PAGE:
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Wine to 5: Wendy Gedney, wine tour guide and educator

Inside a professional's everyday life, Decanter speaks to Wendy Gedney, wine tour guide and educator.

Wendy Gedney runs wine tour company Vin en Vacances, offering expert guided tours around Languedoc-Roussillon. A wine educator and an expert on the wines of the region, Wendy lives in the Minervois. She passed her WSET diploma in 2006, and opened a wine school. In 2009, she started her wine tour company, and has also published a book on the region: The Wines of the Languedoc-Roussillon.


How did you end up here?

I was over 50 when I went into wine, after my husband’s death in 2000. At the time I only drank Sancerre, but I inherited John’s 200-bottle cellar, most of which turned out to be great Burgundy. So I started to learn about them. I became a wine teacher at Birmingham College of Food and then started my own wine school. The teaching experience has helped me with the wine tours. The Languedoc felt like the right fit, and there was no one running tours there at the time. It’s an exciting region, undergoing big changes.

What’s the best thing about your job?

I love creating tours for people – using my contacts and putting together an incredible visit for people. I also love running tastings and talking about Languedoc wines. I enjoy presenting and I do it in my own style, which isn’t academic, but entertaining, very approachable and full of information.

And the worst?

Sometimes it’s difficult because the work is very seasonal. But equally it’s nice to have a rest sometimes! And I suppose dealing with awkward people is difficult. Luckily most wine lovers are nice. I can count on one hand, in the 12 years of doing this job, the people I wouldn’t want to meet again.

What’s the most common misconception about your job?

People underestimate the level of expertise you need to run a successful wine tour – a lot of people think we’re just drivers. You have to be many things at once: a wine expert, first and foremost, but also a people person. You need great knowledge of the area, too – not just its history and terroir, but how to get from A to B. And you must be able to drive, talk, entertain and answer questions all at the same time.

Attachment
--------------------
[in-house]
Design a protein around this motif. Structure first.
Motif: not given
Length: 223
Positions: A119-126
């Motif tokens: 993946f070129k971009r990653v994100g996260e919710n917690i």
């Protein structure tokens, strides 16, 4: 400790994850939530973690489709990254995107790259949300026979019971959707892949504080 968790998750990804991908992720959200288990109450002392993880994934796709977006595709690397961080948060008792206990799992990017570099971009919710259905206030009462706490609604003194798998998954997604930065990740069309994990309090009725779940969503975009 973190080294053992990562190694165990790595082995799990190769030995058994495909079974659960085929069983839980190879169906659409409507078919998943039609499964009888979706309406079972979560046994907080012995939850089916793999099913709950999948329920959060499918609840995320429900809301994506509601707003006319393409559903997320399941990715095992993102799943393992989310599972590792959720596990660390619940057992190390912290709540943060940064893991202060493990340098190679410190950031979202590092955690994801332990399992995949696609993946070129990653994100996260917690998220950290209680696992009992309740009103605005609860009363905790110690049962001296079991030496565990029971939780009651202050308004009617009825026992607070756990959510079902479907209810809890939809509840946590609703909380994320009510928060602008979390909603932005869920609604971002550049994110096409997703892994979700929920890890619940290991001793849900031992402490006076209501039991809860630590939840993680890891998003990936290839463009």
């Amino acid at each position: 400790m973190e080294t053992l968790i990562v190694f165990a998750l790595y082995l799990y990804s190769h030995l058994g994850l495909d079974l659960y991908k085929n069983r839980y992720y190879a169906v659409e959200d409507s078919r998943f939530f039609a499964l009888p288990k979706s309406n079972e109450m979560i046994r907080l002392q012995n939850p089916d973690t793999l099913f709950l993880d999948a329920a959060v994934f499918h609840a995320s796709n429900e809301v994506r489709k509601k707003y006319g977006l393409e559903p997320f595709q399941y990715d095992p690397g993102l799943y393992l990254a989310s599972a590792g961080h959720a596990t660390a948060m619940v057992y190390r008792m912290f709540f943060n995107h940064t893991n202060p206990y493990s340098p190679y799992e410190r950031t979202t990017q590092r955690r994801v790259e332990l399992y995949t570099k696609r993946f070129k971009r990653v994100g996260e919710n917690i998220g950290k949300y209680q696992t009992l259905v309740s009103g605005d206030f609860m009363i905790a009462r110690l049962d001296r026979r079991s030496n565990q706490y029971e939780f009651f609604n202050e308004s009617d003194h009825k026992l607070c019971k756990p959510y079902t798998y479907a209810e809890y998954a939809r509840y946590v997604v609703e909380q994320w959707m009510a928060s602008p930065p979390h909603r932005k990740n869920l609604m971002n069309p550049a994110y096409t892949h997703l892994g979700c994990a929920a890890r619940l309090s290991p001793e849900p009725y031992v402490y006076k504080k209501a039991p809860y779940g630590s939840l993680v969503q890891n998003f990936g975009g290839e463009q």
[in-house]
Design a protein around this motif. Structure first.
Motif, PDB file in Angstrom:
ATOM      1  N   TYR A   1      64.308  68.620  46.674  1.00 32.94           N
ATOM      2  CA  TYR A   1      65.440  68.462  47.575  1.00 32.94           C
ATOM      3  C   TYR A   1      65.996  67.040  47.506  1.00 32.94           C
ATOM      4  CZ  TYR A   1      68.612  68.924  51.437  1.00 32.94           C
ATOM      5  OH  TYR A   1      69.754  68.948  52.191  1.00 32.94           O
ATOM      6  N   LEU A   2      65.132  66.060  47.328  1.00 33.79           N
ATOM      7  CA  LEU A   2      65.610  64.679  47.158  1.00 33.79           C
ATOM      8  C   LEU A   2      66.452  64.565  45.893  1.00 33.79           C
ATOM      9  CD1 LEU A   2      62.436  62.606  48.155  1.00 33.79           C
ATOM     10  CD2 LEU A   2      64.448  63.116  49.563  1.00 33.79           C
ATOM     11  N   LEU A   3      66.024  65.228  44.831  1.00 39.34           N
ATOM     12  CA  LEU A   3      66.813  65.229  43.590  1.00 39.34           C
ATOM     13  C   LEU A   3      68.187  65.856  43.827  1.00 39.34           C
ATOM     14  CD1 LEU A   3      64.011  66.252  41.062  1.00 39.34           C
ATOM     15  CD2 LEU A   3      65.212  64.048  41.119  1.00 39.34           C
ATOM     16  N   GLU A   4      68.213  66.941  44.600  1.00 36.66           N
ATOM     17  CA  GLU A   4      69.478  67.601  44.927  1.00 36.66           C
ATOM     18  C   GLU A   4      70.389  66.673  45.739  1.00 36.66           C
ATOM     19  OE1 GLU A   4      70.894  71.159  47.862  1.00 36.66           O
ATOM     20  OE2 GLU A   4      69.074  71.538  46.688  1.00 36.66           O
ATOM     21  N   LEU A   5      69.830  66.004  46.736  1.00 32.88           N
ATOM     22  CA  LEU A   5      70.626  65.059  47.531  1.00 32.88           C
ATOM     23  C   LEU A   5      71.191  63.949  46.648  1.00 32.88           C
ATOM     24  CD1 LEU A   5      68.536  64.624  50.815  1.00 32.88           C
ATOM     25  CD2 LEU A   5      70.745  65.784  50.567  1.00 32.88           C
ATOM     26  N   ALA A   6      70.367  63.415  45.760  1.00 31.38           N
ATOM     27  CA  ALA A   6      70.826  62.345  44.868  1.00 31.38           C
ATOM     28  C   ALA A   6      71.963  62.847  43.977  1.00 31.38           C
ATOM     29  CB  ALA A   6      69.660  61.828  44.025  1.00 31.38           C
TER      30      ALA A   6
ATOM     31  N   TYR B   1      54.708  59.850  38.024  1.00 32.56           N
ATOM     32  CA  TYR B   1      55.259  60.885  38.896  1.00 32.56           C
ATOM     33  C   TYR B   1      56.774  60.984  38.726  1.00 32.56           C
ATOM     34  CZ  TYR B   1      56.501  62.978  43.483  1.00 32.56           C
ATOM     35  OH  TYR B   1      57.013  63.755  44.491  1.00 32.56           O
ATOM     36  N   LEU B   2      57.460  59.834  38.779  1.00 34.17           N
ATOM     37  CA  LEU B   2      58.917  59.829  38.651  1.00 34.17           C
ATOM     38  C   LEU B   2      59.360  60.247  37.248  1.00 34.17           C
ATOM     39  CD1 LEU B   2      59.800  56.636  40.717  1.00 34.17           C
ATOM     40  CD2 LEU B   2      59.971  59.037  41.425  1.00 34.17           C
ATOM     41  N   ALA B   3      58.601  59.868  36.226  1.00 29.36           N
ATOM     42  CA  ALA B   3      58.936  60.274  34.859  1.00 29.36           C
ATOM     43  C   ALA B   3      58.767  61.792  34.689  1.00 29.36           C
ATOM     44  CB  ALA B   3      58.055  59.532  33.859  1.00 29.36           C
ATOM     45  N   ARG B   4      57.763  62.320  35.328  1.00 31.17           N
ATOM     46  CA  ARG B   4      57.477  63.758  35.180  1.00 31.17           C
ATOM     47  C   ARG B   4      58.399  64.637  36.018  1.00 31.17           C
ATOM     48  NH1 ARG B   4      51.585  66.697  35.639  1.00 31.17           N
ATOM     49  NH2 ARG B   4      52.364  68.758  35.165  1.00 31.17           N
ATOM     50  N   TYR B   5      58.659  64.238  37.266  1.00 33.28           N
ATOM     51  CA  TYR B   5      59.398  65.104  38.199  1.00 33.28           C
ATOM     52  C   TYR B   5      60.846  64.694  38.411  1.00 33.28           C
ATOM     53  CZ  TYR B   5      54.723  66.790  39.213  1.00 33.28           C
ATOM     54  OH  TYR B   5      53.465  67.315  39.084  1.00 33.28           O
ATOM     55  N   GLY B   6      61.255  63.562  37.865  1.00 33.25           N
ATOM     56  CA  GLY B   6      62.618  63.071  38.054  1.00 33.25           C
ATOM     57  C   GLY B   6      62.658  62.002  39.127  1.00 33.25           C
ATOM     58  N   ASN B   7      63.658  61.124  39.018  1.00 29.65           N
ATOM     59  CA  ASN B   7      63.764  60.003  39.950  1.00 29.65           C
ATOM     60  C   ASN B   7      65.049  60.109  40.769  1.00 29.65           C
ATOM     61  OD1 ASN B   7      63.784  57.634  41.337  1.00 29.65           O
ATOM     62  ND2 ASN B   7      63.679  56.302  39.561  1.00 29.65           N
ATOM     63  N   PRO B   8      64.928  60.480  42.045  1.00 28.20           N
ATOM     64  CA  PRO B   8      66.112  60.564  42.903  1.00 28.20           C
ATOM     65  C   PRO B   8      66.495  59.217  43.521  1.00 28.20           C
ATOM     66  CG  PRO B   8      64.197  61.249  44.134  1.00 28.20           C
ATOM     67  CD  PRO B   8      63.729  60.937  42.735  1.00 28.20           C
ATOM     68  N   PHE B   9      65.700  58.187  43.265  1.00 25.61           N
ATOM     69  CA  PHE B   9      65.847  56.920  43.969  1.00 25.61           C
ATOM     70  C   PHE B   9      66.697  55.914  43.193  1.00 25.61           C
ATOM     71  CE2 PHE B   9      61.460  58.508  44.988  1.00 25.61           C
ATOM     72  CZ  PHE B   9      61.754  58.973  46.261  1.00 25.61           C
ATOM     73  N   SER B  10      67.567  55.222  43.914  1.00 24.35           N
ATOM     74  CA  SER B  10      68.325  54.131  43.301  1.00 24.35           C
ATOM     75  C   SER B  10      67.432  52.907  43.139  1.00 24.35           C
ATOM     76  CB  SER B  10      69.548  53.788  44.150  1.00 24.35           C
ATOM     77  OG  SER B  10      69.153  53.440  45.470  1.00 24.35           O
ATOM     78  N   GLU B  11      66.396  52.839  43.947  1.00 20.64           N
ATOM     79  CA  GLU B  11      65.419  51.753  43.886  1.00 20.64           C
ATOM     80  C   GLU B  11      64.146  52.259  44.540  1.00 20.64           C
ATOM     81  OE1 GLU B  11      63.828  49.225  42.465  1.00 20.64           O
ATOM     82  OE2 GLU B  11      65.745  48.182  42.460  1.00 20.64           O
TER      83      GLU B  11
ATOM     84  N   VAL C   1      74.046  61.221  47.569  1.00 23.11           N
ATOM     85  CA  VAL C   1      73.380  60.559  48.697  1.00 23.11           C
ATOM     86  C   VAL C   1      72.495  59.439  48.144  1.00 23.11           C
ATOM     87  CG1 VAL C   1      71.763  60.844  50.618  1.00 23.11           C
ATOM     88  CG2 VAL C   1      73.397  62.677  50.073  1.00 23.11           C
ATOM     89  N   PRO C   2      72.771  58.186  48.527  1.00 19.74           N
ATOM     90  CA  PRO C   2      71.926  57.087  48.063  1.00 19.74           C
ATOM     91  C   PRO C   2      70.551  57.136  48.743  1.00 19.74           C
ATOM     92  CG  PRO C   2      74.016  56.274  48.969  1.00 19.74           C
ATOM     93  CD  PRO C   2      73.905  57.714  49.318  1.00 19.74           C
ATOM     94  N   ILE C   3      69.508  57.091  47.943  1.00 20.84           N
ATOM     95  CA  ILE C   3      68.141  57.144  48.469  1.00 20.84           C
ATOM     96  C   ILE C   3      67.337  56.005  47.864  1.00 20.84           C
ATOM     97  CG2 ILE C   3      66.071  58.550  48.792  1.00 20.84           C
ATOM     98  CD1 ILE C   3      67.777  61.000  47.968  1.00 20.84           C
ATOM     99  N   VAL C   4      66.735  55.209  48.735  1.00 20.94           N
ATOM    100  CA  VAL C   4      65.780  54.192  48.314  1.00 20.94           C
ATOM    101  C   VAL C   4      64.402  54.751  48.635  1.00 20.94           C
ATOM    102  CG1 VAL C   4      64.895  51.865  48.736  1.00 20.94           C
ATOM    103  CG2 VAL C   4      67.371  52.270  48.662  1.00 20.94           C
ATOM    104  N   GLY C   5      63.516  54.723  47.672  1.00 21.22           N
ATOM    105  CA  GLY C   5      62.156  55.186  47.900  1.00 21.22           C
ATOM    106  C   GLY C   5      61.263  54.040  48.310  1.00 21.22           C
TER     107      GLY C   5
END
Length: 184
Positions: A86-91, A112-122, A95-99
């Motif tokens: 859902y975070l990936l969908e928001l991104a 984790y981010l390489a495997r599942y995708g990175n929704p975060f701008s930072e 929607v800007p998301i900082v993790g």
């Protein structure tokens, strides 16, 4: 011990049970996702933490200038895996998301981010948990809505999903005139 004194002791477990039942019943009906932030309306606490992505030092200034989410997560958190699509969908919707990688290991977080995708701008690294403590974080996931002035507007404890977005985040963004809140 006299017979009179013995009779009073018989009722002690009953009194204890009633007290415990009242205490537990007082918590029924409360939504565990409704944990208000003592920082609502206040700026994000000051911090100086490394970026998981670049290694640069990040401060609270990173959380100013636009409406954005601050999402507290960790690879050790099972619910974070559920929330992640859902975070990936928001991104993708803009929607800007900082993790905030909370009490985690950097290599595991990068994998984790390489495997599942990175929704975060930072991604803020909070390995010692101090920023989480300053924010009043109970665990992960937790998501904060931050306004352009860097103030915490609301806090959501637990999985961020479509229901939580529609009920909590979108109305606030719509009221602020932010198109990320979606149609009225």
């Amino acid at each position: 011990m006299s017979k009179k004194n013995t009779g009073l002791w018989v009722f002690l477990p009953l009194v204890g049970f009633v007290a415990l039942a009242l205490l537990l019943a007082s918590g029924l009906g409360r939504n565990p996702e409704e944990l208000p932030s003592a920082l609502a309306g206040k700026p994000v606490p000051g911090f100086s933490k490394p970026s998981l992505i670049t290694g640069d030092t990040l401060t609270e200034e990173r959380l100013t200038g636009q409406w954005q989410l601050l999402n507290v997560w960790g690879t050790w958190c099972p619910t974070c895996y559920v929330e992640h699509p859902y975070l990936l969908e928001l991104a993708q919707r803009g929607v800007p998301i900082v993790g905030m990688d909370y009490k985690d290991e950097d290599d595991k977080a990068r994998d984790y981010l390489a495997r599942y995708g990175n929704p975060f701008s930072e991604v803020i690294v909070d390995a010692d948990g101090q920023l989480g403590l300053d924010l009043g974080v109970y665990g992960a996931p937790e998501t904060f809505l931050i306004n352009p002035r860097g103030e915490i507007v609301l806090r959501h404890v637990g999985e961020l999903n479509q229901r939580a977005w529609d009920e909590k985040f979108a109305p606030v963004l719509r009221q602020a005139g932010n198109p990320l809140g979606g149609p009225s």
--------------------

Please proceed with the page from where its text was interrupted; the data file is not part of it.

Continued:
What was your greatest moment?

I left school when I was 15 and never expected to do anything academic, so the greatest moment of my career was getting my WSET diploma. It was a turning point for me, as it gave me the qualifications to go and get work, and the belief in myself that I could do it. Before I started, I didn’t even know how to write an essay.

And your greatest mistake?

Not making a profit in a previous business. With the wine tour company, I realised from the start that I shouldn’t do anything that wasn’t profitable. You have to have a cushion, and you have to be careful not to be a busy fool.

Any advice for anyone who likes the idea of a job like yours?

Always be sure of your knowledge – that is what will take you through. Don’t wing it. If you have told someone you’re the expert, you have to be the expert. You also need to understand business, finance and people. A talent for something, on its own, isn’t enough.

Which wine do you recommend most often to friends?

I adore Clos du Gravillas, L’Inattendu, Minervois Blanc (2019, £24.50 Eton Vintners). When I arrived here in 2009, I didn’t understand that the region could make such incredible white wines. Outside Languedoc, it would have to be a white Burgundy.


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